Former Colorado Governor John Hickenlooper used the question to pat himself on the back for pushing gun control laws through the legislature in 2013, after the Aurora, Colorado shootings.
Colorado must serve as a model for how the nation will address gun reform. We cannot wait for another tragedy to take action. We must act now.
— John Hickenlooper (@Hickenlooper) July 31, 2019
What Hickenlooper left out is the fact that violent crime has increased in Colorado since he signed those gun control laws. In fact, Denver has the fastest growing crime rate of any large American city.
The most frustrating thing about this debate was the lack of substance in both the questions and answers. No matter the candidate or the moderator, each side glossed over any real discussion of how these anti-gun proposals would work, or the profound consequences their proposals would have on individual liberty, constitutional rights, the criminal justice system, and the human right of self-defense. Instead, we got the verbal equivalent of cotton candy; easy to swallow, but not a lot to digest.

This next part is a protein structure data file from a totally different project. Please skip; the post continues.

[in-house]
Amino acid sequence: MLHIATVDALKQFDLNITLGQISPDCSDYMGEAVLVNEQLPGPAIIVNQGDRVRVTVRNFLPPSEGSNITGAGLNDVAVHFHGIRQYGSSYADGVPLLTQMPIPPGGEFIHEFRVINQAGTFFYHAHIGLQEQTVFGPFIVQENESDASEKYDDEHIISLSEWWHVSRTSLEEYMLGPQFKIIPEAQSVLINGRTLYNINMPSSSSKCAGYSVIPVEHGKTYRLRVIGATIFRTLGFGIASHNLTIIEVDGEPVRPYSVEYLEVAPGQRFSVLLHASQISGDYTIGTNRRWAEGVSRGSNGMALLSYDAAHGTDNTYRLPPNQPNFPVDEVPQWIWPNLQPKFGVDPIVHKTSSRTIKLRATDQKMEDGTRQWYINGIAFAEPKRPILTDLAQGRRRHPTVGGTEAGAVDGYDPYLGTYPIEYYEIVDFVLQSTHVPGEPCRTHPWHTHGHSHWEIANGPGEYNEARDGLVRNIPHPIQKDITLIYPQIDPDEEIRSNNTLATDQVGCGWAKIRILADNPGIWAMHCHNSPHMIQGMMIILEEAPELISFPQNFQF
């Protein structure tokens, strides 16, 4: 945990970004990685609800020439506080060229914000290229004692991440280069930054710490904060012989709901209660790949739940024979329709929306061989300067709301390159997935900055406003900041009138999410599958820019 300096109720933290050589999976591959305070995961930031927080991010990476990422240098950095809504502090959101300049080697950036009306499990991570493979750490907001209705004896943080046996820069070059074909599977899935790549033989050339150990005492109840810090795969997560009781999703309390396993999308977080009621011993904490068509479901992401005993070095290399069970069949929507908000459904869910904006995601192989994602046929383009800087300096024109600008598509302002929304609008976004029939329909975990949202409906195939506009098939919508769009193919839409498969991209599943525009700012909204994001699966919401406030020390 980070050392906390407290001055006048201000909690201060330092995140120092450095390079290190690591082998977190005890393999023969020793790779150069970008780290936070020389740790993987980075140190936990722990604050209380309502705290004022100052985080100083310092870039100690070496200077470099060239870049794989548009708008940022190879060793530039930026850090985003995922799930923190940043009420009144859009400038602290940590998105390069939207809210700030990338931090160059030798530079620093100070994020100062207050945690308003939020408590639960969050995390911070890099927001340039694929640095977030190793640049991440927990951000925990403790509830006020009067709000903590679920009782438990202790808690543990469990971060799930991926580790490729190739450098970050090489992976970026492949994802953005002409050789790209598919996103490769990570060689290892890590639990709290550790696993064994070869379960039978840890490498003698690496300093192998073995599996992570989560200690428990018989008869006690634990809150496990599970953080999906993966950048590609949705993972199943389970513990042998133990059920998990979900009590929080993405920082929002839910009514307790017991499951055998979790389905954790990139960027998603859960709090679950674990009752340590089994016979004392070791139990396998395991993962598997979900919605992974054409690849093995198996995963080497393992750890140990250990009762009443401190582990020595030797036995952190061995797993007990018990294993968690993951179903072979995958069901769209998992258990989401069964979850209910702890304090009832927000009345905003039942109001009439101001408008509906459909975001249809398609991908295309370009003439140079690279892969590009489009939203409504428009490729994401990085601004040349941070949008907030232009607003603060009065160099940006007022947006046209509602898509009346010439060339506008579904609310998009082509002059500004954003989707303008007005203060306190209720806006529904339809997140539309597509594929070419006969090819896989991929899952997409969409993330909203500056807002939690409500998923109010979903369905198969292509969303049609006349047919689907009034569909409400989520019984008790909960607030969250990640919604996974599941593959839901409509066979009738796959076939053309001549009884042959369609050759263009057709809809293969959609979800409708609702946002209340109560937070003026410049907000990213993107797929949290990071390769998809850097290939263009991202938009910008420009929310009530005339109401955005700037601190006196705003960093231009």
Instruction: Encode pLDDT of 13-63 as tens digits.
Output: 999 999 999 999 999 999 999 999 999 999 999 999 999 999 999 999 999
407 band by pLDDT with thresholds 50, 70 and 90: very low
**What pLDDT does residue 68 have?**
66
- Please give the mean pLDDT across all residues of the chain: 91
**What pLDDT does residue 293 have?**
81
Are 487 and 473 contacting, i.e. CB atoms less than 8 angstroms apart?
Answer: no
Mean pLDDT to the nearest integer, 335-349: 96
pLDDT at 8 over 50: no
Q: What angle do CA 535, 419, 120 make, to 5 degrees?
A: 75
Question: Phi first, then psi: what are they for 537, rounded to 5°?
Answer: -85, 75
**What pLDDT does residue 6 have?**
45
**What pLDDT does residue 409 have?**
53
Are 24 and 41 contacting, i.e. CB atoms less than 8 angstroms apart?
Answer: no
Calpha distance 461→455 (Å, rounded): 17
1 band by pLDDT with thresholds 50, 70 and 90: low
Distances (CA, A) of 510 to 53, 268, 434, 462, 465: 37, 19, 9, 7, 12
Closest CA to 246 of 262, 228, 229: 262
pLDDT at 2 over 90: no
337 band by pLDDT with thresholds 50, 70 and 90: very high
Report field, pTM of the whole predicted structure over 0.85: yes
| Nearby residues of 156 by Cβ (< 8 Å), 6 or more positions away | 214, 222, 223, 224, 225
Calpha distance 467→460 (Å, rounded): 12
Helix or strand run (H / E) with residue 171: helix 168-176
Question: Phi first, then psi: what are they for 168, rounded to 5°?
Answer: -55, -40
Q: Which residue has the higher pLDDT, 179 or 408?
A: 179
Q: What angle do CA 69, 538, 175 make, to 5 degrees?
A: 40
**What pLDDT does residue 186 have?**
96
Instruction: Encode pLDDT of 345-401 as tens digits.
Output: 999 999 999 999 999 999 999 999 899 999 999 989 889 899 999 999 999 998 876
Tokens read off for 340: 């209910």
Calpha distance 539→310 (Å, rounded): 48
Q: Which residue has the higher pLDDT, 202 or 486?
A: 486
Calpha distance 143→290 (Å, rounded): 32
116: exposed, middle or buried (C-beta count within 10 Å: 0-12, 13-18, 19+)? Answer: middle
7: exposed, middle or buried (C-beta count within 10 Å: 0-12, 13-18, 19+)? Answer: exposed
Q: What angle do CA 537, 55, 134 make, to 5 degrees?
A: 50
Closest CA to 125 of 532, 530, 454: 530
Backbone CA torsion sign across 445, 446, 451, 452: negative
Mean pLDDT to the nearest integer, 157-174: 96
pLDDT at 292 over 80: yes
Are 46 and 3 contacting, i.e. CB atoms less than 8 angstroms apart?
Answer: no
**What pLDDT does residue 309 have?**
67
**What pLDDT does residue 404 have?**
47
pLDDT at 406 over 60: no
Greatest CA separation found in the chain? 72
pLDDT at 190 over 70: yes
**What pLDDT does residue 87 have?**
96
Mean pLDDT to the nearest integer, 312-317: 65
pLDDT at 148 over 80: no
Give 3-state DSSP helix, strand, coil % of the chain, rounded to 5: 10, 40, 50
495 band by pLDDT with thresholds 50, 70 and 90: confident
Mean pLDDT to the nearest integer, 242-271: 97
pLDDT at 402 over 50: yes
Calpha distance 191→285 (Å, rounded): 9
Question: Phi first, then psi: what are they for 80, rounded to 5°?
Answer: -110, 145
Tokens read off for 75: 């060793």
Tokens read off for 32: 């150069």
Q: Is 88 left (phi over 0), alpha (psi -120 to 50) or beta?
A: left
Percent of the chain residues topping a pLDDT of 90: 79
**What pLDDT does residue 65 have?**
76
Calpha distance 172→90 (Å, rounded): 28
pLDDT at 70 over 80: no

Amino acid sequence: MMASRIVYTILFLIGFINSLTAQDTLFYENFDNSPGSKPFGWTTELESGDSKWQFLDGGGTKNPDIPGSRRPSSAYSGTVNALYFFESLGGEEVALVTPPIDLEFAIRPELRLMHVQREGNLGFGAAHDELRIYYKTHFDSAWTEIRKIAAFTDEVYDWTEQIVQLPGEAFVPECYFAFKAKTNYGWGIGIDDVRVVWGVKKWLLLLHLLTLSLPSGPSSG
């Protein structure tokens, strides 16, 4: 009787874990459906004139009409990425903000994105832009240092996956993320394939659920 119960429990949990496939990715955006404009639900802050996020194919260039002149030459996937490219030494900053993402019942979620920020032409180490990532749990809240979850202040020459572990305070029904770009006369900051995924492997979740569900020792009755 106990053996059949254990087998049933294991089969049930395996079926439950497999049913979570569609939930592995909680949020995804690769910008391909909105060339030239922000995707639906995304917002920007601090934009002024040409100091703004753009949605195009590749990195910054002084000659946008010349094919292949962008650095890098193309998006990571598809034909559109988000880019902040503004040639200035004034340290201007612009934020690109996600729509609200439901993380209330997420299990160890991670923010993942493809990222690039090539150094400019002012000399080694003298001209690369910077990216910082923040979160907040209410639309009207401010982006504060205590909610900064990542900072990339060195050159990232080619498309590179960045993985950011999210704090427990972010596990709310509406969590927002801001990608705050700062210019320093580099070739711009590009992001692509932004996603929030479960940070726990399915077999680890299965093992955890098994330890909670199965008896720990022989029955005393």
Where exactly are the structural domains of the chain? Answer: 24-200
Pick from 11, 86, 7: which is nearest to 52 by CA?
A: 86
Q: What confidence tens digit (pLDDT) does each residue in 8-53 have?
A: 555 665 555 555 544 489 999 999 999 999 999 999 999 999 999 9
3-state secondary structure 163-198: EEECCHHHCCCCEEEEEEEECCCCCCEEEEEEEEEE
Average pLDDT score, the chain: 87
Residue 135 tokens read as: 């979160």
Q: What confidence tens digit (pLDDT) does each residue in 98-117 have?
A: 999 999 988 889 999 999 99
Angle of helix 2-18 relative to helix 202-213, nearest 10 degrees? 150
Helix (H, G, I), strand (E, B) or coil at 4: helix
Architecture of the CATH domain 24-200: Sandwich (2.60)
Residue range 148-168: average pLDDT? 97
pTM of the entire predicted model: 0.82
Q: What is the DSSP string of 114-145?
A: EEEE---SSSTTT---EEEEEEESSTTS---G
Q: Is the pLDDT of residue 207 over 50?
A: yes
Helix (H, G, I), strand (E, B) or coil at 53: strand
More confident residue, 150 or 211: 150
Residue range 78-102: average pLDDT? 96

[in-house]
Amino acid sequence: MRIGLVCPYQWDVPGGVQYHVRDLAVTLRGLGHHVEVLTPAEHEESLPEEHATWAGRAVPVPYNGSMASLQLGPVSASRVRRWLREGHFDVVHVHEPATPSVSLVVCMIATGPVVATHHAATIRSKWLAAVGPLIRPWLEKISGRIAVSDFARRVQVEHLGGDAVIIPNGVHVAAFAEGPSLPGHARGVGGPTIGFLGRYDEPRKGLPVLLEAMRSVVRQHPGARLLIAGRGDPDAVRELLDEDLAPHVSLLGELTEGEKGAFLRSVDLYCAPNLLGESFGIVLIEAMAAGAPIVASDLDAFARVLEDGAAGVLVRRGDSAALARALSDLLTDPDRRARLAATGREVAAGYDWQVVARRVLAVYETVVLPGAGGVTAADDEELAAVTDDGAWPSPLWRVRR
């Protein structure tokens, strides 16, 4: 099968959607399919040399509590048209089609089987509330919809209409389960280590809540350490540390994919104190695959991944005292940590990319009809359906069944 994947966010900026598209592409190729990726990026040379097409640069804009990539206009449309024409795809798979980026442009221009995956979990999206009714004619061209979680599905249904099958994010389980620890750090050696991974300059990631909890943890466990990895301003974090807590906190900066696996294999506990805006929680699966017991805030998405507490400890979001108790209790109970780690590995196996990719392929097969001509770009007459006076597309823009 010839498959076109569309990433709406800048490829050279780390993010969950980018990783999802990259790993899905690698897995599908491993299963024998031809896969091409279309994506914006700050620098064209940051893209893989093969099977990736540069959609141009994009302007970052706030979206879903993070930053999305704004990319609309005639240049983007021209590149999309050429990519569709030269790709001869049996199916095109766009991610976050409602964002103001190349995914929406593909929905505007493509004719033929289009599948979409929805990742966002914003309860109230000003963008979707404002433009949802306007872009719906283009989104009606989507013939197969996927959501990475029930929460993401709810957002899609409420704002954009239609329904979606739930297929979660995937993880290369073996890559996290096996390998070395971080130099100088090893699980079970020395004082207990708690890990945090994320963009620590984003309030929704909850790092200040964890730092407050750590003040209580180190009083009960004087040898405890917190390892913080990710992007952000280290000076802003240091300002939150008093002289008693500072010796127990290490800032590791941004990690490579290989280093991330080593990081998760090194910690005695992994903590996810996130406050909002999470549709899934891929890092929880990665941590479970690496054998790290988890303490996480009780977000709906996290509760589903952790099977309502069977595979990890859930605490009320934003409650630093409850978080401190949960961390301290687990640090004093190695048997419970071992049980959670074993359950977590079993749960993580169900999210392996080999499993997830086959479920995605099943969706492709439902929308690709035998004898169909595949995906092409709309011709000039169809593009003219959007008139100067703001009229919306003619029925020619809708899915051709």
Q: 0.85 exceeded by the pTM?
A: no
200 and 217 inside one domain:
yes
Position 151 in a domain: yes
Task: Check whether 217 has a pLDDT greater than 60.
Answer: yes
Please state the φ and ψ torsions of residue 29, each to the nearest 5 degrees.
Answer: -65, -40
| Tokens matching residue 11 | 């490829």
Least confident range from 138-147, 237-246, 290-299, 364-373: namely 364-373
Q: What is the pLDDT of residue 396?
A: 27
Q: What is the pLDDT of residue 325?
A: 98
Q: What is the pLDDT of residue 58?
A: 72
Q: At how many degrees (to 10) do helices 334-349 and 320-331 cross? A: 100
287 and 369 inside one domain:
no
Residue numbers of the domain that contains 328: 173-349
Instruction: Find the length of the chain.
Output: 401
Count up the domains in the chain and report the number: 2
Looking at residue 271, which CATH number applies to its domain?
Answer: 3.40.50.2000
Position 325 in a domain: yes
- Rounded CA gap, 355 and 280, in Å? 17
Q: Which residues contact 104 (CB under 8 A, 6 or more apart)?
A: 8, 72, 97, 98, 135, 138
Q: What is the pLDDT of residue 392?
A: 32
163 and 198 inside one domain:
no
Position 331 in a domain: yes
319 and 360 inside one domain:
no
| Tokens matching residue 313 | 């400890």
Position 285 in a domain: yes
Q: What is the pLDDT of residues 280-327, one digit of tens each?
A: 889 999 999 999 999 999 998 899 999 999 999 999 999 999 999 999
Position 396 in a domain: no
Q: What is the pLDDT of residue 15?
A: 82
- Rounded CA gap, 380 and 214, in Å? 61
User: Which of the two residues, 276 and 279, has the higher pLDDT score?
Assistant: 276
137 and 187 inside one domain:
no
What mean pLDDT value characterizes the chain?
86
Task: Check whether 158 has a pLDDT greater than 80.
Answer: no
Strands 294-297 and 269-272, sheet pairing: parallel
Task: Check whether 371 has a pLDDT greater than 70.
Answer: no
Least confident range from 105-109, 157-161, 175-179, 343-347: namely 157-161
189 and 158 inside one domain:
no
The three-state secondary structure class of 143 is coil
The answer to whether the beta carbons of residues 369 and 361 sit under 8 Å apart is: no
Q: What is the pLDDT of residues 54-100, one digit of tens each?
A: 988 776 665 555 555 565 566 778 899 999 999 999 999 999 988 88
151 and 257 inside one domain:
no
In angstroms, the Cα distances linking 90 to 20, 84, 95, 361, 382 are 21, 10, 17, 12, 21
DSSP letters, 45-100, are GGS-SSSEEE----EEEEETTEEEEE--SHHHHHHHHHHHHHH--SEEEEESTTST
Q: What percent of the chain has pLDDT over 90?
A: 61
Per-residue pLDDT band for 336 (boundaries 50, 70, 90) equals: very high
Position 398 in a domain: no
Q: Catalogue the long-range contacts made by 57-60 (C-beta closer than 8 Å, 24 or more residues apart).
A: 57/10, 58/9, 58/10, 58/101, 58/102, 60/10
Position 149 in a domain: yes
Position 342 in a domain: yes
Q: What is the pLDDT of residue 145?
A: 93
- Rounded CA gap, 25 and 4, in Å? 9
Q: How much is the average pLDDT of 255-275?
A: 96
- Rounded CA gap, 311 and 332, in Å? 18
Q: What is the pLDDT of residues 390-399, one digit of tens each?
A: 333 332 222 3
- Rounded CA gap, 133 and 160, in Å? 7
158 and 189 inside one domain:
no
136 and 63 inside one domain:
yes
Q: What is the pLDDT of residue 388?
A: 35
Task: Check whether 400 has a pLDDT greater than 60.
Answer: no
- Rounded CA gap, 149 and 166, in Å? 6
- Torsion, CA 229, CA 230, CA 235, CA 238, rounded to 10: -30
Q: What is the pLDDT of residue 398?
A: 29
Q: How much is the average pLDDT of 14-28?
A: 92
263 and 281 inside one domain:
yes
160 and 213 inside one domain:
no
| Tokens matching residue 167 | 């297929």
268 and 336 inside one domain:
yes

Senator Amy Klobuchar declared that “This is about the NRA,” which is another way of saying “this is about millions of law-abiding gun owner, not the small number of individuals who are actually driving crime in our worst neighborhoods.”
This isn’t just about a system or it’s not just about words. This is about the NRA. I sat across from the President of the United States after Parkland because I’ve been a leader on these issues and have the bill to close the Boyfriend Loophole.
— Amy Klobuchar (@amyklobuchar) July 31, 2019
Klobuchar’s “Uncle Dick,” who seems to be up in a tree stand every time Klobuchar mentions gun control, didn’t make an appearance during Tuesday’s debate. Either Uncle Dick isn’t focus grouping well or perhaps there’s some behind-the-scenes family drama we don’t know about.
What we do know is Klobuchar vowed to put in place federally mandated universal background checks, bans on the most commonly sold rifles in the country, and “something about magazines,” likely a California or New Jersey-style ban that forbids continuing to possess the magazines, even if they were purchased legally.